The Dhandho Investor: The Low-Risk Value Method to High Returns by Mohnish Pabrai
This one is a comprehensive guide for individual investors looking for a unique approach. What’s interesting about Pabrai’s methods is that he uses the mindset of business-savvy Indian immigrants as a framework for successfully investing in the stock market. This mindset also incorporates lessons from other legendary investors such as Warren Buffett and Charlie Munger.
The hardest part about investing is just starting. My first foray into investing was with my company’s 401(k) plan, and it took me months to understand how I wanted to balance my portfolio. But hey, everyone has to start somewhere. These books include practical advice and some will even give you step-by-step instructions to set you up for financial success.
Rich Dad, Poor Dad by Robert T. Kiyosaki
I first came across this gem on BookTok, which has catapulted this already-famous investment book to a wider audience. Rich Dad, Poor Dad specifically looks at how investors should think about money. For example, we have all been told that our house is an asset. Kiyosaki, however, asserts the opposite because houses equal mortgages, meaning they take away money from you rather than put it in your pocket. The book will help you unlearn some of the deleterious financial advice we’ve been fed through schools and other institutions.
The Intelligent Investor by Benjamin Graham
Graham’s classic book has sold over a million copies and for good reason. The Intelligent Investor is chockful of time-tested financial advice that also includes commentary on the realities of the 21st-century stock market as well as practical guidance on how to apply Graham’s principles.
Broke Millennial Takes on Investing by Erin Lowry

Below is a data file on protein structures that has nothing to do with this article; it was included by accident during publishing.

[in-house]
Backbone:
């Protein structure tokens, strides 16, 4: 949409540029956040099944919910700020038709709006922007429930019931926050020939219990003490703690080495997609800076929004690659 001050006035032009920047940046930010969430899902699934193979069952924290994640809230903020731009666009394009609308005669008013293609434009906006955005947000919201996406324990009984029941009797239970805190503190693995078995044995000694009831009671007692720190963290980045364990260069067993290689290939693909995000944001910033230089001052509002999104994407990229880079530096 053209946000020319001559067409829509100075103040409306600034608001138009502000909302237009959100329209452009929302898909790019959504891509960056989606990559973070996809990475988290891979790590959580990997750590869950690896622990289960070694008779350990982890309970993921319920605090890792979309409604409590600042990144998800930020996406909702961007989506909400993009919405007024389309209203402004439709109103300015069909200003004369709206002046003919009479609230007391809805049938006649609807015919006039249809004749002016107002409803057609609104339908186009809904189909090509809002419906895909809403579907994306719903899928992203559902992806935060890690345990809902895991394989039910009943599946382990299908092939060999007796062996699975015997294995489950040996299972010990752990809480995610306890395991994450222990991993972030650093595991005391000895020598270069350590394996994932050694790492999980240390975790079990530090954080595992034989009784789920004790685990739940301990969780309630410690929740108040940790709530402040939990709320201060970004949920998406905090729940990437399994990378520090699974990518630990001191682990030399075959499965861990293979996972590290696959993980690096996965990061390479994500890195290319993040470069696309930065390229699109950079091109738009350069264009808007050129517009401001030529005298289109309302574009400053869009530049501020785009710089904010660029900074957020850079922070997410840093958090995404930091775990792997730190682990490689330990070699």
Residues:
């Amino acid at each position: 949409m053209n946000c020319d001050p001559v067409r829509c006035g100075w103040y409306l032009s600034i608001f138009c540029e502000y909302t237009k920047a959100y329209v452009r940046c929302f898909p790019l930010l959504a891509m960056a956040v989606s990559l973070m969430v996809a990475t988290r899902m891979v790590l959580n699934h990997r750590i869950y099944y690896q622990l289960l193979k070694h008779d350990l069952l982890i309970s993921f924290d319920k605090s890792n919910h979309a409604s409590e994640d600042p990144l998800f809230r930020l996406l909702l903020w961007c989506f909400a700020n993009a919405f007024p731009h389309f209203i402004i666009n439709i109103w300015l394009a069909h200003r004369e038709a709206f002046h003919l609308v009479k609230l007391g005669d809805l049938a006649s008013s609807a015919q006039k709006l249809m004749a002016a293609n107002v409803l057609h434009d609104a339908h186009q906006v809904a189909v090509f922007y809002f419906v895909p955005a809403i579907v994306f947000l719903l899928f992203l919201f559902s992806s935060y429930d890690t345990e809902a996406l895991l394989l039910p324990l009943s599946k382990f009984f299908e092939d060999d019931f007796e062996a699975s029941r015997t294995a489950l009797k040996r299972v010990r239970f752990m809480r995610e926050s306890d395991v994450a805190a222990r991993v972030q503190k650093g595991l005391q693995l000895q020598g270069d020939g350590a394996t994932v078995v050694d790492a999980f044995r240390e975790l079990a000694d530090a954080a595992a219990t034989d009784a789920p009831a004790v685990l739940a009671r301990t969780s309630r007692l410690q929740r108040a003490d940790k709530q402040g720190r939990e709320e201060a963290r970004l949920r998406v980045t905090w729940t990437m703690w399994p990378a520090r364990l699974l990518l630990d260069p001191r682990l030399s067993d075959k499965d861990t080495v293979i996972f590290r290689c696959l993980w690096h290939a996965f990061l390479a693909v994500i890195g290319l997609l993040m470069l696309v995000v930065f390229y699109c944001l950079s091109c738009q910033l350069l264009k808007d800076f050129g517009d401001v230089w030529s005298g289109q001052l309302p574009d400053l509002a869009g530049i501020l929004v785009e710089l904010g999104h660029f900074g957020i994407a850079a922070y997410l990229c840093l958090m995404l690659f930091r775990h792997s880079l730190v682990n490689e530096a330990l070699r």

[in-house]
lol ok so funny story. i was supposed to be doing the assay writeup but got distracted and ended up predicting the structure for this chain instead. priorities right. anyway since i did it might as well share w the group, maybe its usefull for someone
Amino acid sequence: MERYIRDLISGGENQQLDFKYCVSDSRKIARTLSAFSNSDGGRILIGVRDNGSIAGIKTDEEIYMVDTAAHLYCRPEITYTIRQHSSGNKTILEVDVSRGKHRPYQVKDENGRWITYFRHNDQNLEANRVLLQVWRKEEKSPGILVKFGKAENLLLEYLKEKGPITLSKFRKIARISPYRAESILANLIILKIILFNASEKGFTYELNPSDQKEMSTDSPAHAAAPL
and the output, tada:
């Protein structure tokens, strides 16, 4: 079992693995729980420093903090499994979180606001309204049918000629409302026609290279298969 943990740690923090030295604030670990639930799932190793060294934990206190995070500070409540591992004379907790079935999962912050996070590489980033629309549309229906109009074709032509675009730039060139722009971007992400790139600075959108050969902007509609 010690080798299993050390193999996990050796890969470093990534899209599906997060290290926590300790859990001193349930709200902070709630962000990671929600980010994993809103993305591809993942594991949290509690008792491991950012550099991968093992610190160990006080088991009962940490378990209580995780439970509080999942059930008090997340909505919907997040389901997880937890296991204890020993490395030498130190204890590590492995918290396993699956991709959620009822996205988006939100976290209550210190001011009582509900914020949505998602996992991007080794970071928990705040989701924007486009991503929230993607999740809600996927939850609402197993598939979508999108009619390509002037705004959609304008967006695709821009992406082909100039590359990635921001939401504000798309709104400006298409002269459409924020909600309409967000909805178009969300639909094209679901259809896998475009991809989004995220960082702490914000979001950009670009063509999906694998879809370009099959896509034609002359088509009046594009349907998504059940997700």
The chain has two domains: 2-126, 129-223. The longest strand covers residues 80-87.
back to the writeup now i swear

Believe or not, Millennials are no longer the new kids on the block. We’re bonafide adults who need to get our financial lives in order, especially after growing up amidst the Great Recession and the recent one from the COVID-19 pandemic. This book will empower Millennials, and really anyone new to investing, to confidently make financial decisions.
I Will Teach You to Be Rich by Ramit Sethi
I figure that a practical guide is more useful to some new investors. Sethi’s book details his six-week program that’ll set up beginners for success. This book doesn’t just deal with investing, it also deals with paying off debt, setting up bank accounts, and “set it and forget it” investment techniques. For many, jumping straight into investment is unrealistic, so Sethi’s advice on setting up your finances first are super helpful.
The Psychology of Money by Morgan Housel
Money and how to handle it are all about your mindset. Housel teaches his readers about how their behavior affects this money management through a series of short stories. Each one details a case study on how different people think about money. While this book isn’t specifically about investing, the art of selecting stocks and other investments does come down to human behavior and whims.
It’s 2021 and women are still paid less than men for the same work and skills. This means that women have a harder time just getting the funds they need to invest. The following books offer a treasure trove of investment advice for women as well as general financial advice to ensure there are funds to invest.
Women & Money by Suze Orman
I love listening to Suze Orman’s Women & Money podcast because she realistically walks listeners through everyday financial decisions. In her book of the same name, she specifically looks at the dysfunctional relationship that many women have with money. With compassion, she outlines her five-month program to help women achieve financial security with plenty of advice on long-term investments and when to invest in the stock market.
The Money Manual by Tonya Rapley
Here’s another book with excellent general advice on personal finance. I think Rapley’s book pairs well with Suze Orman’s Women & Money because both books give sound advice to women who want to take charge of their finances. Rapley has a six-month program that is an excellent guide for any woman prepared to get her finances in order.
The Women’s Guide to Successful Investing: Achieving Financial Security and Realizing Your Goals by Nancy Tengler
Tengler is a wealth advisor and CEO who walks women through the process of building practical, reliable investment portfolios. She offers case studies and personal anecdotes that’ll resonate with many readers’ own financial situations and decodes the complexities of stocks.
Clever Girl Finance: Learn How Investing Works, Grow Your Money by Bola Sokunbi